Costs lost in the focus on climate
It is more than 25 years since the possibility that carbon dioxide and other human-induced greenhouse gas emissions achieved currency as possible causes of global warming.
In that period a large volume of legislation has been introduced. The latest proposals link Australia's carbon price with that of the European Union and provide a one-way street for Australian firms to acquit part of their emission reductions by buying EU credits. This is likely to transfer about $1 billion a year to the EU, perhaps a suitable form of aid to a political entity increasingly resembling a third world "failed state".
The proposed change to Australia's carbon tax/cap-and-trade will mean a lower price on carbon. But it leaves unanswered how much Australia is currently and prospectively spending on emission reduction measures.
There are four families of such measures in place: the carbon tax, the Renewable Energy Target, direct budgetary expenditures and standards on a range of products.
The government has never provided public estimates of the combined cost or benefits of all these imposts.
The carbon tax is unique to Australia, though the EU has a less comprehensive cap-and-trade variant. Public estimates of its costs are $8bn a year in its present format.
The RET has been around since 2001. It currently requires 20 per cent of electricity by 2020 to be derived from a mix of large-scale sources, dominated by wind, and small-scale installations, which include solar water heaters, heat pumps, and solar panels. Wind requires a price of more than $110 per megawatt hour to be economically viable and small-scale systems at least twice that. Coal-generated electricity costs $35-$40 per megawatt hour.
Together, the RET schemes, including the need for back-up systems, mean an impost by 2020 of about $5bn a year. The third family of costs comprises direct budgetary expenditures, chief among which are those of the Departments of Climate Change, Energy and Resources, and Sustainability and Water.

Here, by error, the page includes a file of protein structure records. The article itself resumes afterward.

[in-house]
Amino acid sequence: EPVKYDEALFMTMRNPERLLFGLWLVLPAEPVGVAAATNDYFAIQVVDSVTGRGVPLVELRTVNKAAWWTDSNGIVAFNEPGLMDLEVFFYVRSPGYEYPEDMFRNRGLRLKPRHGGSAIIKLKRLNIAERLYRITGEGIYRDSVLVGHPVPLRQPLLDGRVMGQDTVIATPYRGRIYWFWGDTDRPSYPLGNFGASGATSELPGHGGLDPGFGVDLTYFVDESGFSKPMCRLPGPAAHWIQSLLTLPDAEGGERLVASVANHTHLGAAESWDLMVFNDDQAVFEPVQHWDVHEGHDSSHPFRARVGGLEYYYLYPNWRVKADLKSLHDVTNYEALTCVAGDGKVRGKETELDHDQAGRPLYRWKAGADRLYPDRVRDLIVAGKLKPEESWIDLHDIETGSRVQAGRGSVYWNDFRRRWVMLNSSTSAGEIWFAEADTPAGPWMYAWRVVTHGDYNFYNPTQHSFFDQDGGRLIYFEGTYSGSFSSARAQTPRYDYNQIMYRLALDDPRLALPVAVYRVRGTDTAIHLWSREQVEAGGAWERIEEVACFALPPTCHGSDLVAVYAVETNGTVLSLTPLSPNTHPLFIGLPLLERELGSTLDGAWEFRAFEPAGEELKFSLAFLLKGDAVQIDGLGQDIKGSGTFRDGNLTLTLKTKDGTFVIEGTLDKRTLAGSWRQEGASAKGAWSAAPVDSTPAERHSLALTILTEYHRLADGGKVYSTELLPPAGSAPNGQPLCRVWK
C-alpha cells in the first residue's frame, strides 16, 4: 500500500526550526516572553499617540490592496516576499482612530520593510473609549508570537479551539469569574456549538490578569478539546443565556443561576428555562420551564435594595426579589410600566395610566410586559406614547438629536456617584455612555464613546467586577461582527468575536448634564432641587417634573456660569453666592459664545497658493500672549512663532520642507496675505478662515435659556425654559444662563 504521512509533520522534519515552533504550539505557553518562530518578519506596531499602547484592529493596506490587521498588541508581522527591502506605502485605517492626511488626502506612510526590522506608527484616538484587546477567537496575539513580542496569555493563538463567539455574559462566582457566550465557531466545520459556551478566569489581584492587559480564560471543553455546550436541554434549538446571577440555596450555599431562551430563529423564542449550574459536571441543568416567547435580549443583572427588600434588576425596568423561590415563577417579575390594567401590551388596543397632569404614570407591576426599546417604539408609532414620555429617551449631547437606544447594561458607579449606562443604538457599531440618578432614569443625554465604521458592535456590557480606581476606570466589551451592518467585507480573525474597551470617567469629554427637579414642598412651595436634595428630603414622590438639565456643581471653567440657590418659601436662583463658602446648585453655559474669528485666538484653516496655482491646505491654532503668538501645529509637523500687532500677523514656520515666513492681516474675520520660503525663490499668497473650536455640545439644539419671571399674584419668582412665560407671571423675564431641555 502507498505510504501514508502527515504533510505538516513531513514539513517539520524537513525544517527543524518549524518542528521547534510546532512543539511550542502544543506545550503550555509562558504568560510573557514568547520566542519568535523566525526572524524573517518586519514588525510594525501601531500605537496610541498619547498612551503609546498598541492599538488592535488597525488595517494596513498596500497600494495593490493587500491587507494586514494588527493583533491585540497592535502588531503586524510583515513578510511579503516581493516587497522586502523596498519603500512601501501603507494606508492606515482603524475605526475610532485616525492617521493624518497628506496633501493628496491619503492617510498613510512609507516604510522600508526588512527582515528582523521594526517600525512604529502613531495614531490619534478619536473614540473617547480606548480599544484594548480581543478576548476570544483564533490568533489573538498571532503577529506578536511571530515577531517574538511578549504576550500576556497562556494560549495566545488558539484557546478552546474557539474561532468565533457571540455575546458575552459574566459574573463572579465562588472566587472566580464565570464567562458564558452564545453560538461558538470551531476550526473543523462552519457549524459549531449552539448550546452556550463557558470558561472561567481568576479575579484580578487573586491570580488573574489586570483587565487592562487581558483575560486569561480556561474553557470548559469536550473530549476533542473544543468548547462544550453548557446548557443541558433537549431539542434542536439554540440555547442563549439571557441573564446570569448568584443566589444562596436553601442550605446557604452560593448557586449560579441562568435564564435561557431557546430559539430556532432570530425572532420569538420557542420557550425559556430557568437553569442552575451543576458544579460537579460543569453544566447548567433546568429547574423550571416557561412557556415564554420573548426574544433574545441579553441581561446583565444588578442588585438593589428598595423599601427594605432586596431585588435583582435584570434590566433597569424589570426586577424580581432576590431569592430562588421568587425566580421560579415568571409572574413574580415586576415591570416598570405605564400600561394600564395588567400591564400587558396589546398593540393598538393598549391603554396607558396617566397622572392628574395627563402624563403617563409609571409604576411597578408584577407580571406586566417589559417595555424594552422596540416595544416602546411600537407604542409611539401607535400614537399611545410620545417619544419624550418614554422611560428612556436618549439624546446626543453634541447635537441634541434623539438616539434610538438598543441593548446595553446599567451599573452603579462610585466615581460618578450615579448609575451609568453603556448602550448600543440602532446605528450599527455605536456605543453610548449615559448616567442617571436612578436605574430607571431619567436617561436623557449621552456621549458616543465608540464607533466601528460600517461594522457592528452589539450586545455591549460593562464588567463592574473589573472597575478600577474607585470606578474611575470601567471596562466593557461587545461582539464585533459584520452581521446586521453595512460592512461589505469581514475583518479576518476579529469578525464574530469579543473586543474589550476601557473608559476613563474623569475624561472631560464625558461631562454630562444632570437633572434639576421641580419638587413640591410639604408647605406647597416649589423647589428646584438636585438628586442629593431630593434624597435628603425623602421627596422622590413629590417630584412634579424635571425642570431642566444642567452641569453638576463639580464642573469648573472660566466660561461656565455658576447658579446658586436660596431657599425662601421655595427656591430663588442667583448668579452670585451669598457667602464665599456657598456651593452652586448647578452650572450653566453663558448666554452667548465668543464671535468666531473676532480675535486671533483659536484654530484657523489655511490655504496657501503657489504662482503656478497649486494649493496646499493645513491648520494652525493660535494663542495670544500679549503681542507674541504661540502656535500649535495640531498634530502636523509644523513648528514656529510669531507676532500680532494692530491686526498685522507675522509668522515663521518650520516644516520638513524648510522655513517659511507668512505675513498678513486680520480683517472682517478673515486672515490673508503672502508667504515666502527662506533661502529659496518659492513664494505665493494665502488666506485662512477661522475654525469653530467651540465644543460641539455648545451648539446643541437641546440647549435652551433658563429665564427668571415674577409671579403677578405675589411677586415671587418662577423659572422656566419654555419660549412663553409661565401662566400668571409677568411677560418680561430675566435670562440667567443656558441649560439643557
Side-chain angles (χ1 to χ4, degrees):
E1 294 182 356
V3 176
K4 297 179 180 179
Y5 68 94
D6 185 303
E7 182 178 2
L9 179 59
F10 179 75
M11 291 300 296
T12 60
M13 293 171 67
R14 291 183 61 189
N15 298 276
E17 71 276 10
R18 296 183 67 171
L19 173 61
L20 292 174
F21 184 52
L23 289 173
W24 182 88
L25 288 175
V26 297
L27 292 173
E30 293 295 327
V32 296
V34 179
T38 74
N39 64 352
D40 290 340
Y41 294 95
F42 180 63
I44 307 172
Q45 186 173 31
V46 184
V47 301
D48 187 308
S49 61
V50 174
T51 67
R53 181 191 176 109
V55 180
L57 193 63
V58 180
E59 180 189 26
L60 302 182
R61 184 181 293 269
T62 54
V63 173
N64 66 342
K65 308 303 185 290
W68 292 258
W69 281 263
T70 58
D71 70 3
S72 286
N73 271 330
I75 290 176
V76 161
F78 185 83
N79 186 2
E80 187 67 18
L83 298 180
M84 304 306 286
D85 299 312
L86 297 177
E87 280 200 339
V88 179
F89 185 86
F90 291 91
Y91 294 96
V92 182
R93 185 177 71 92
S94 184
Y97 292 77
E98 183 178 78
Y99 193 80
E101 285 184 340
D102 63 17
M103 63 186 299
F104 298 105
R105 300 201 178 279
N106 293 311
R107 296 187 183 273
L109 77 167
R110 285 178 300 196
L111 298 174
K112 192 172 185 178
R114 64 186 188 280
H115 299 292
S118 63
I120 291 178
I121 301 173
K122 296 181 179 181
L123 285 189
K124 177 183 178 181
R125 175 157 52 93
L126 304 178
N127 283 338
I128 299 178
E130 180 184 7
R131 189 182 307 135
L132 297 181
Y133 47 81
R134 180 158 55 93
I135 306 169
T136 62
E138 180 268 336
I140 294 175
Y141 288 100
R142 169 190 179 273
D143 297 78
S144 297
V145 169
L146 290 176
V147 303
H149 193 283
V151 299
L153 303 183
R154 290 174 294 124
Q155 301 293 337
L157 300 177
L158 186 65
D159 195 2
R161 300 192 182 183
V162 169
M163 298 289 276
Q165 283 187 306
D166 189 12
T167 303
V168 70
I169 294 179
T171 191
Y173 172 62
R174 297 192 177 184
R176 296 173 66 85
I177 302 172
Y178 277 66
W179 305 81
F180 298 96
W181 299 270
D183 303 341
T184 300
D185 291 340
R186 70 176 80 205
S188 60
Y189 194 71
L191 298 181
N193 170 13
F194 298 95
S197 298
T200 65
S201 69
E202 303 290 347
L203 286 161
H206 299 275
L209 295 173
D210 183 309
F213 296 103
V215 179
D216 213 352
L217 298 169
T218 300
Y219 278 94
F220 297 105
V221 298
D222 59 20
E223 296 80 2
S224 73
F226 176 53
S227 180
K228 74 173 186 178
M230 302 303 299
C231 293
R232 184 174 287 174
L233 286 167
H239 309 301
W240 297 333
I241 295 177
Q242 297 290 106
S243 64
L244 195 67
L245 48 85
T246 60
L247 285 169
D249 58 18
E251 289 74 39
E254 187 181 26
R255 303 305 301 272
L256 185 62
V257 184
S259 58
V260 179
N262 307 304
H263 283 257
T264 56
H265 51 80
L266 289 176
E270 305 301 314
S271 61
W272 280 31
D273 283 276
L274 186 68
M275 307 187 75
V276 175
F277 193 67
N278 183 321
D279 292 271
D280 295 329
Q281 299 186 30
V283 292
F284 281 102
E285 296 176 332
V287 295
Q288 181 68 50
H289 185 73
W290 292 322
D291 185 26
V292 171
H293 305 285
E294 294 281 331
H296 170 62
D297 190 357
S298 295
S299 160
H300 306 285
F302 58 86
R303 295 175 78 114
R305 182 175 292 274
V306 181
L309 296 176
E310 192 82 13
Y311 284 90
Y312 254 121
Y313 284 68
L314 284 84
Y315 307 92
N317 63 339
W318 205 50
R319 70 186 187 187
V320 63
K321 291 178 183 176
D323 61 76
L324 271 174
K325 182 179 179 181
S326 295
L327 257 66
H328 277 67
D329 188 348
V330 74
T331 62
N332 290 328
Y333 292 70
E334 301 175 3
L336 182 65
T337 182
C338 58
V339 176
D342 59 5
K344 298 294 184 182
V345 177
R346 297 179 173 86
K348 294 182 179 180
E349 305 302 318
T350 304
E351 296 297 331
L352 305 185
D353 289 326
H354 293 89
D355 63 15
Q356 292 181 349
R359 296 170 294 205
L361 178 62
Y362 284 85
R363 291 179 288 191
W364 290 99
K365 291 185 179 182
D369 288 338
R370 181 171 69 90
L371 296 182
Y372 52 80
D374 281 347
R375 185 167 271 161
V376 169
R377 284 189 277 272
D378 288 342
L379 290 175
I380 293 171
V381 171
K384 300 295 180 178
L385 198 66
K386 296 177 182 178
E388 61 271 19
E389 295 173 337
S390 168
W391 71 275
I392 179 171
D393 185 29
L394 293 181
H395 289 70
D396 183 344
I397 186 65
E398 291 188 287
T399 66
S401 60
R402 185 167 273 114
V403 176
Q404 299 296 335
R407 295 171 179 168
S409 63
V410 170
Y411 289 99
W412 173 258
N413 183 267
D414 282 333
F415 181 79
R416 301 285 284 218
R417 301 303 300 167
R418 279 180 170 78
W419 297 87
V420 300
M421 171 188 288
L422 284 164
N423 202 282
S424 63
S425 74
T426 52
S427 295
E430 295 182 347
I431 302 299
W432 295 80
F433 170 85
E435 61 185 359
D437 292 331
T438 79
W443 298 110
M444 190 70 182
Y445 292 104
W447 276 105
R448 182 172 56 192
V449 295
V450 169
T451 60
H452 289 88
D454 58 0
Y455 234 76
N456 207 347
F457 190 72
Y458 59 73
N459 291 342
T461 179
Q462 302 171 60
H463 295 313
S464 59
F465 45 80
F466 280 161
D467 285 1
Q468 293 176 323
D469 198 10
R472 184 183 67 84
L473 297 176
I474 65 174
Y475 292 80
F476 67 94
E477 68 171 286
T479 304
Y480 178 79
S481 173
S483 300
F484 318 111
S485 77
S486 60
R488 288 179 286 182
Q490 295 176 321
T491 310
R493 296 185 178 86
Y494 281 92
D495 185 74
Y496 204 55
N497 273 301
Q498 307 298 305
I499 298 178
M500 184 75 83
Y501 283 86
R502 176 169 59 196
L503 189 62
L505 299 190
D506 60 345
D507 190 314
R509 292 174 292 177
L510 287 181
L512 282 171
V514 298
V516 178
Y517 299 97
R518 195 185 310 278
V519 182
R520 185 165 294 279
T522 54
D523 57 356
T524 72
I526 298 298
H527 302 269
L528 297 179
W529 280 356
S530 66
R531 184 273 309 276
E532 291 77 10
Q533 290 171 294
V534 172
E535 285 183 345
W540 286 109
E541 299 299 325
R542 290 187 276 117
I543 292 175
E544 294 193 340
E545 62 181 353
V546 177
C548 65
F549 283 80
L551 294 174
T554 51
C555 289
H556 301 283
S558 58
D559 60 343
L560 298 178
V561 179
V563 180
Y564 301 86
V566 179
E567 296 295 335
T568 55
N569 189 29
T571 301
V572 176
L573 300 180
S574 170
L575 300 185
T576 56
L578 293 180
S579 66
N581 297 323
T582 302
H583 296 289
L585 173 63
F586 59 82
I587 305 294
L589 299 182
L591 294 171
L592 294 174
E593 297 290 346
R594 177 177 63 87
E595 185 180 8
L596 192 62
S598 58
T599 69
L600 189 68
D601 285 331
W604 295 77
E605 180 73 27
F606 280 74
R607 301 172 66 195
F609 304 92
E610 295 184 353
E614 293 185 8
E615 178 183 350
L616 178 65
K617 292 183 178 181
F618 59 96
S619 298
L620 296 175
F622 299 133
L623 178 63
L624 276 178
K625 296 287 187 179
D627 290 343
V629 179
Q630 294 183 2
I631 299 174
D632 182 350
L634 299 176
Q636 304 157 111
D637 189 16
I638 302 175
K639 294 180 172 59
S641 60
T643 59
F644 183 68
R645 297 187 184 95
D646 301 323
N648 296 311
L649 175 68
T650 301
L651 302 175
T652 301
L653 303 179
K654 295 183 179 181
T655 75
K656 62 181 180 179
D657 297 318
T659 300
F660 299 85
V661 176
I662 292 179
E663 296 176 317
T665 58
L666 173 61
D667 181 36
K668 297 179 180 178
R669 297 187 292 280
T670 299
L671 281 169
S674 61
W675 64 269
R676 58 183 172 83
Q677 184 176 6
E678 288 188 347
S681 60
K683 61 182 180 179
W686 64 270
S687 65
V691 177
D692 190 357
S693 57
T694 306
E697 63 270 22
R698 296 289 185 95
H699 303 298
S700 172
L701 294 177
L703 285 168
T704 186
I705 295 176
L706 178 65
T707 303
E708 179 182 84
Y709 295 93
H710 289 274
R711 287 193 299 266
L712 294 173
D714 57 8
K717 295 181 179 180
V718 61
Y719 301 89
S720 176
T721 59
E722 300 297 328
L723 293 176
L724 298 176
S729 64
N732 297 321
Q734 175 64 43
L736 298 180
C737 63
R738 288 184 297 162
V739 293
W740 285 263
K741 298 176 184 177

In the current year's budget at least $2.7bn is clearly identifiable, added to which are the sums that every department, including Treasury, must allocate to addressing climate change.
Finally there are regulatory measures that force suppliers to feature energy-saving features in the products they offer. Many of these standards started life as measures to conserve energy and were targeted at a previous scare -- the forecasts that the world was running out of fossil fuels.
Although such forecasts were discredited, the conservation regulations remained and morphed into measures that are designed to reduce greenhouse gas emissions. They are imposed on many domestic appliances and on buildings.
These standards are uncosted but one that has been subject to some scrutiny is the 6 Star Standard on new housing. The Victorian Competition and Efficiency Commission accepted a cost estimate for this of at least $5000 per new house, an estimate that would translate into an annual Australia-wide cost of at least $500 million.
All in all the greenhouse emission measures therefore impose a cost of at least $15bn a year, for benefits that are probably zero. Yet the debate on the issue has largely centred on the Coalition's opposition to the carbon tax. The opposition seeks to replace this through "direct action" measures that select the most promising sources to target for reductions.
"Direct Action", which also features in the government policy arsenal, suffers from its very selectivity. Thus, while it might appear cheaper to target a particular source of emissions, emissions are fungible - closing down one source may see something very similar replacing it.
For example, the government's proposed replacement of the Hazelwood Power brown coal station by a gas station aims to halve the current facility's annual 16 million tonnes of carbon dioxide emissions. At a cost of $3 billion if the life of the existing facility is 20 years, that translates into a carbon price of around $50 per tonne. Not only is this well above the carbon tax but the operations of the National Electricity Market higher cost new facility would bring an increase in price for all electricity.
Greenhouse emission policies may well be the key issue dividing the Government and the Opposition. But the goals of those policies have not been fully specified and the lack of costing on existing and proposed measures means there is no platform on which the desired level of emission reductions can be based.